We Tested the Affordable New Fitbit Trackers — Here’s How They Compare
Fitbit's new Versa Lite smartwatch and Inspire trackers have everything you need in a health and fitness watch — and nothing you don't.
Let's start this off by collectively admitting that a brag-worthy step count is one of the best souvenirs to bring home from a vacation. After days spent using my own two feet — in comfortable shoes, of course — to explore dense jungles, labyrinthine marketplaces, and ancient ruins, I feel more energized and alive. It's easy to keep moving when there's so much to see. When I'm home, though? There are absolutely days when the only thing that stops me from spending seven consecutive hours sitting at my desk is a gentle wrist nudge from my Fitbit.
Last week, Fitbit announced its newest line of trackers and a new smartwatch — both designed to make the company's core offering of top-notch health tracking features more approachable and affordable. There are four new devices: Versa Lite, Inspire, Inspire HR, and Ace 2 — a kid-friendly device that's built on the Inspire platform and packaged in a far more resilient band. They're all swimproof (water-resistant up to 50 meters) and each launches with a diverse new accessory lineup and more screen personalization options than ever before. The bottom line, though, is that Fitbit's new trackers are less about introducing new features, and more about streamlining the brand's wearable lineup to include only the essentials.
The Fitbit app, however, will be getting a major update in the coming weeks. The redesign will make it easier to view and understand your health and fitness stats, log data that isn't picked up by the device, and better connect with Fitbit’s global health and fitness social community. The update also adds a new section called Fitbit Focus to the top of the dashboard that will deliver motivation and health guidance informed by personalized insights.
Fitbit also announced that it's beta testing a new rewards program that will incentivize health and fitness goals with real, redeemable rewards like discounts on Fitbit products and offers from partner brands like Blue Apron, Adidas, and Deezer. It's just one part of many new software experiences that are being tested in advance of a paid premium service that's intended to launch later this year.
Now, let's get into the two new wearables I road-tested: the Versa Lite smartwatch and the Inspire HR tracker.
Tested: The New Fitbit Versa Lite
The Versa Lite is exactly what it sounds like: a scaled-down version of the Fitbit Versa (fitbit.com, from $200) that offers most of the core fitness and smart features for $40 less. When it comes to form, the trackers feel exactly the same on your wrist, with easy one-button and touchscreen navigation. And a lot of the function carries over, too: the Lite still has 24/7 heart rate tracking and sleep stage analysis, goal-based exercise modes that connect to the GPS on your phone to display pacing and distance, and a discreet vibration to remind you to move or alert you to timers, alarms, and various smartphone notifications when your phone is nearby. There are also still apps available for weather, relaxation, and Strava, and you can control the music that's playing on your phone.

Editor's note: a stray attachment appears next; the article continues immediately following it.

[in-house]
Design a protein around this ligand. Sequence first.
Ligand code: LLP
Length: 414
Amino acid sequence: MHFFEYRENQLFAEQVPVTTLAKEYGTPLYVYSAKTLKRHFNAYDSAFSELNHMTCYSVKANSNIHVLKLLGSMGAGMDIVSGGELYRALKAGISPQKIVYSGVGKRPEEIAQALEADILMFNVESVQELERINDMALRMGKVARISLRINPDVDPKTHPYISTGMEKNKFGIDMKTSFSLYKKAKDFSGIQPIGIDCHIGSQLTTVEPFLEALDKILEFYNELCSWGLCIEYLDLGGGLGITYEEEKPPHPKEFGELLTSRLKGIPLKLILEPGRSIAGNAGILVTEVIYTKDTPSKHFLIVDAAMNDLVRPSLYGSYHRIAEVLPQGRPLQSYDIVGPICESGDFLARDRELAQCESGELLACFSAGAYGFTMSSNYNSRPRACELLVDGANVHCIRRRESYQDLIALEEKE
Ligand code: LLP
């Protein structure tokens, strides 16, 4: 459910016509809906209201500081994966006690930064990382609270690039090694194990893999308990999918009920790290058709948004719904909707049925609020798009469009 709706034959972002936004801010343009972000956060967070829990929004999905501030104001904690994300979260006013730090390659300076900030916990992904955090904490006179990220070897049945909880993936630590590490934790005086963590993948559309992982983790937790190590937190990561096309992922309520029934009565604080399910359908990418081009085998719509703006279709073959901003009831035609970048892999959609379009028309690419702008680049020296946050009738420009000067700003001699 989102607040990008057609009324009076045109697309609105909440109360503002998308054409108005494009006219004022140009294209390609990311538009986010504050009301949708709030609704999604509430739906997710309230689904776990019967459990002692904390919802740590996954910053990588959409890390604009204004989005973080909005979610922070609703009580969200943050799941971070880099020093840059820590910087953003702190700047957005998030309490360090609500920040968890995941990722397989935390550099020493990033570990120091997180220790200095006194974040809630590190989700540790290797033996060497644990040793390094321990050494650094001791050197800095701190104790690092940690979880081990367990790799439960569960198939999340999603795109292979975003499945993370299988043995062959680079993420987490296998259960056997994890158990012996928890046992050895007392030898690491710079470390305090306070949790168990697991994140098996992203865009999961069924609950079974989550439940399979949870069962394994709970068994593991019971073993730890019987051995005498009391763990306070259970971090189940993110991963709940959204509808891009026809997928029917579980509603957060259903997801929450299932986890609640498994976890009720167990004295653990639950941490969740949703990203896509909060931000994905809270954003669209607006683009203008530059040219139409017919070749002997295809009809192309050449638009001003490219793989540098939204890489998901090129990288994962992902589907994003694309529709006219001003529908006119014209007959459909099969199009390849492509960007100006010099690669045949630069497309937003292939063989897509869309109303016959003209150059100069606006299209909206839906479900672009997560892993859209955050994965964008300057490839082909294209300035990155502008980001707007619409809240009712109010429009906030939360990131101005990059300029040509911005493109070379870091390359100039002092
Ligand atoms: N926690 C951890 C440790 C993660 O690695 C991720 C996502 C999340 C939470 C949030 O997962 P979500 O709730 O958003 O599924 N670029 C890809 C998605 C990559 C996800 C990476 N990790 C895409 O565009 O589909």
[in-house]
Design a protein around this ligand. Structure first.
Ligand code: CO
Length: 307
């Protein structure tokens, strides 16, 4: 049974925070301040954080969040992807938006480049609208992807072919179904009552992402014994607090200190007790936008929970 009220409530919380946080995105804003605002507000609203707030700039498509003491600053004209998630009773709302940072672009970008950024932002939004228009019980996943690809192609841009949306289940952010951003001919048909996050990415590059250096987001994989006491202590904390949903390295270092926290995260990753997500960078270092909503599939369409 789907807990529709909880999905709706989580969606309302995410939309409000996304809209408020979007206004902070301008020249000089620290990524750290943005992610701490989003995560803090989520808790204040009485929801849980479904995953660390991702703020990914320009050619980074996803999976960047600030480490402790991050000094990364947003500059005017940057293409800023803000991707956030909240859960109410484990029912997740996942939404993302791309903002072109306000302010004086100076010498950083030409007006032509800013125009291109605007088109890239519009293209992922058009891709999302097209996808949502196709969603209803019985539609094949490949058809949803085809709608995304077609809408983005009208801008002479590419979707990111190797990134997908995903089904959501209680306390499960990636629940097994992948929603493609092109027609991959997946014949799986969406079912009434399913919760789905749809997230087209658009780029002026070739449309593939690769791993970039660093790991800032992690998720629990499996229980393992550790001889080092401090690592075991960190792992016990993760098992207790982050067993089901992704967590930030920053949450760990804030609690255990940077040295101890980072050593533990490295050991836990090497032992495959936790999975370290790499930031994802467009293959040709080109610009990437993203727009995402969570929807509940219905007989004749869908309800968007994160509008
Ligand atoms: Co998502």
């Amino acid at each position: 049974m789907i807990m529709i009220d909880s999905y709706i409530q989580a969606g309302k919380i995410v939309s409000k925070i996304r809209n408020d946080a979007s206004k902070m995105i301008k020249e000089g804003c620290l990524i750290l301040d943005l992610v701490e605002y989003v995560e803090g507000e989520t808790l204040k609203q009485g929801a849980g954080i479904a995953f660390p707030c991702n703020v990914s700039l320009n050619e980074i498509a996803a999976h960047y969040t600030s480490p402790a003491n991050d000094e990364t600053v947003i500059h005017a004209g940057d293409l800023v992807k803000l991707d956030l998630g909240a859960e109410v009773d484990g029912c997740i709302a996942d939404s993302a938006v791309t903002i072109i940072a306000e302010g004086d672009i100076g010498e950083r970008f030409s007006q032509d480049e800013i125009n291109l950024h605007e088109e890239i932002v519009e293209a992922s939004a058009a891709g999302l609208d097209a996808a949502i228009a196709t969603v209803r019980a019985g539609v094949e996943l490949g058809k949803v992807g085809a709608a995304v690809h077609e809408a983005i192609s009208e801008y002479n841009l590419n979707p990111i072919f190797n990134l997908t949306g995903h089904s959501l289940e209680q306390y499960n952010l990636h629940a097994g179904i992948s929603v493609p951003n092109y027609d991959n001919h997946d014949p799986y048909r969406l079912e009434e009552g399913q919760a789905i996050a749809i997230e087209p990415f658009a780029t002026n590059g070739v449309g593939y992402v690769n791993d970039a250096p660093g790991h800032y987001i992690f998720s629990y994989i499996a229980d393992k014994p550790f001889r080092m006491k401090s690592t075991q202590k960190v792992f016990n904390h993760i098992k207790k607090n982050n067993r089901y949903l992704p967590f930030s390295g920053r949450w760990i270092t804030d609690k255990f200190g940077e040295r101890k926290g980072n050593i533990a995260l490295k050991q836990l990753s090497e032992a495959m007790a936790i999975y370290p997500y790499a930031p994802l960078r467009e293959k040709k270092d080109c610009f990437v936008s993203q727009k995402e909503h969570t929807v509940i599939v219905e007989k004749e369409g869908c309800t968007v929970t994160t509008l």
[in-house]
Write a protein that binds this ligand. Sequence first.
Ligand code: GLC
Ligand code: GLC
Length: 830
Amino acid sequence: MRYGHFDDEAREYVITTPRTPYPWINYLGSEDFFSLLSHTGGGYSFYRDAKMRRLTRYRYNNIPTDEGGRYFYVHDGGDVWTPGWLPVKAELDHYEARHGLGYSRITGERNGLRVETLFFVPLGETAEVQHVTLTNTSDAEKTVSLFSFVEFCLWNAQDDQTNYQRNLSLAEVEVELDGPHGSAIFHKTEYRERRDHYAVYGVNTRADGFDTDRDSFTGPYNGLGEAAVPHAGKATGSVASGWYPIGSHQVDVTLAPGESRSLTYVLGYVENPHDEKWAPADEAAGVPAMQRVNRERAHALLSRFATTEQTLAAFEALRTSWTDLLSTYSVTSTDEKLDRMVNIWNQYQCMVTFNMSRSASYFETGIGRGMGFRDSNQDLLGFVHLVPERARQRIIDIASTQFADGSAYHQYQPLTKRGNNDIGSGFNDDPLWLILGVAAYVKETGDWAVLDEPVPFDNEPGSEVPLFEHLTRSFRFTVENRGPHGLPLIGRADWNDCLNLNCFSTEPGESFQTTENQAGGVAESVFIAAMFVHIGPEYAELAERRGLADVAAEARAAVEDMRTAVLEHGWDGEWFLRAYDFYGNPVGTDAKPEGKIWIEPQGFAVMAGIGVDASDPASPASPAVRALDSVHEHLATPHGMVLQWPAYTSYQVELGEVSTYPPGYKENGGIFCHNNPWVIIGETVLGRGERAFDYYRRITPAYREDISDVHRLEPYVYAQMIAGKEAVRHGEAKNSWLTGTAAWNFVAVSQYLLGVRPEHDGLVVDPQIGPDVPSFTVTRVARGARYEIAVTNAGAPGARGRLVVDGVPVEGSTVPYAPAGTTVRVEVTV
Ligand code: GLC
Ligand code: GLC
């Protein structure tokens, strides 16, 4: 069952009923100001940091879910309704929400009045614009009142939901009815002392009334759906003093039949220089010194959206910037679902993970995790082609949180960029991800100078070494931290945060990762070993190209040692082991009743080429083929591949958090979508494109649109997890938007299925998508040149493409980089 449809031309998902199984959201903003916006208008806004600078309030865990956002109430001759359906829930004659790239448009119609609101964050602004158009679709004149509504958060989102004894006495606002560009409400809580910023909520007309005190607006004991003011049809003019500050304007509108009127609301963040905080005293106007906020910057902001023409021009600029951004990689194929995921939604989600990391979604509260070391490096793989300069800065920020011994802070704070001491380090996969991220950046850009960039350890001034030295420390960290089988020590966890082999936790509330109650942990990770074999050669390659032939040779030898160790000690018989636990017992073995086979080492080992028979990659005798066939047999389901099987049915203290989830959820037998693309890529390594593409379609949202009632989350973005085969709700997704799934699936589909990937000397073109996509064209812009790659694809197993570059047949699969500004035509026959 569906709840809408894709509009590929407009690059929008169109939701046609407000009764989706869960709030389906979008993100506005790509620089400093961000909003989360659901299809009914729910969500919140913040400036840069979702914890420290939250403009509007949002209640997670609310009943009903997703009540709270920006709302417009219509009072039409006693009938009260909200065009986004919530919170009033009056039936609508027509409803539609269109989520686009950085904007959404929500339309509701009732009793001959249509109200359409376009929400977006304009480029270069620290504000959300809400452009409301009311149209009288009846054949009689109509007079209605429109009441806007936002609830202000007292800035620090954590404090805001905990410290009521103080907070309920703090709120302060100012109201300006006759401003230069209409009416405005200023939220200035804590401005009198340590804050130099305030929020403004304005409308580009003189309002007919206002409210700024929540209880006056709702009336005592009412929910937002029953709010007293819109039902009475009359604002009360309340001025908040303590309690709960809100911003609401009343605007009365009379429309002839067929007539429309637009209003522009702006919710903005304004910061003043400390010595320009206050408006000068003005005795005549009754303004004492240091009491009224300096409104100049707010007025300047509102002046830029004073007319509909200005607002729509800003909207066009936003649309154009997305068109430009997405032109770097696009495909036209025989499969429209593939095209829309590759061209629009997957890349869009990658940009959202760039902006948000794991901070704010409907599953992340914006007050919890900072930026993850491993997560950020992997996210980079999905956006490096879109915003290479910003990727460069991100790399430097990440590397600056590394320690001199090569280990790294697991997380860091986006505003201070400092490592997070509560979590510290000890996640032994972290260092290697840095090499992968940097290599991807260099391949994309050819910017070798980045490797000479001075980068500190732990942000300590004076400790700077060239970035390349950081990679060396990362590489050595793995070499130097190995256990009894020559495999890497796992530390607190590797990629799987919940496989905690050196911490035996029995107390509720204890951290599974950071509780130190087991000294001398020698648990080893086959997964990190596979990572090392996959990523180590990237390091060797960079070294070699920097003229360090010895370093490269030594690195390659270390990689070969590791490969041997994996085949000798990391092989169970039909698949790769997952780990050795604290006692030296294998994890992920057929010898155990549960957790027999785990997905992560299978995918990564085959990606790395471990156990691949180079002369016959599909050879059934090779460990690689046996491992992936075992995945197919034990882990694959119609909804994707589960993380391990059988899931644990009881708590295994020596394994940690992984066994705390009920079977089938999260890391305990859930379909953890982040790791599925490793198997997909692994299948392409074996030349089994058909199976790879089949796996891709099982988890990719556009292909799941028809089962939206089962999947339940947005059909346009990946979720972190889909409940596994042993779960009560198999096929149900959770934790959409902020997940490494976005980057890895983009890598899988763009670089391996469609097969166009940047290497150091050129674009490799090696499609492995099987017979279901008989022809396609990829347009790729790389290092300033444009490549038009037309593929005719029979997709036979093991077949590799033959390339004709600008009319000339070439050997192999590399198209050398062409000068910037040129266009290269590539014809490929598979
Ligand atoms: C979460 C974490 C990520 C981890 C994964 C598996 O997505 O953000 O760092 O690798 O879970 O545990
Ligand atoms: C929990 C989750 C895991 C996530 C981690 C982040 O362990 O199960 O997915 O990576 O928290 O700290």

In my personal opinion, the features they've taken out are the ones I used the least: the counters for laps swam and floors climbed, on-screen workouts, and the ability to store and play music. Fitbit also rolled out tons of new band colors and a sport-inspired hybrid band with bold, woven stripes on the outside and smooth fluoroelastomer on the inside.
I'd recommend the Versa Lite if you want an affordable, touchscreen smartwatch that covers all the best basics of health tracking.
Fitbit Versa Lite Health and Fitness Watch
Tested: The New Fitbit Inspire HR
The Inspire and Inspire HR have replaced the Alta, Zip, One, and Flex models, becoming Fitbit's only entry-level trackers. At $100, the Inspire HR is now the brand's most affordable 24/7 heart rate tracking device. On your wrist, it feels most similar to the Alta HR, but the addition of a touchscreen display and a side button is a big dashboard upgrade. The Alta had a tap-based navigation that allowed you to cycle through a series of stats, and most of the customization options were accessible only through the Fitbit app.
Now, you can access the majority of the watch's functionality right on your wrist. That includes all-day automatic activity, exercise, and sleep tracking, connected GPS for workouts, and phone notifications. Inspire also touts up to five days of battery life with day-to-night wear, which is almost as much as the seven days the Charge 3 tracker (fitbit.com, $150) can hold.
I'd recommend the Inspire HR if you want access to all of Fitbit's best health features and insights with a slim look and feel (hello, pretty metal mesh bands!) and a long battery life. If you don't care about the sleep stats and just want the activity and calorie tracking, go for the Inspire. It's also the only model that allows you to wear it either as a watch or on a clip. But note that you'll be opting out of the heart rate tracking, exercise modes, on-device guided breathing exercises, and the ability to connect with your phone's GPS.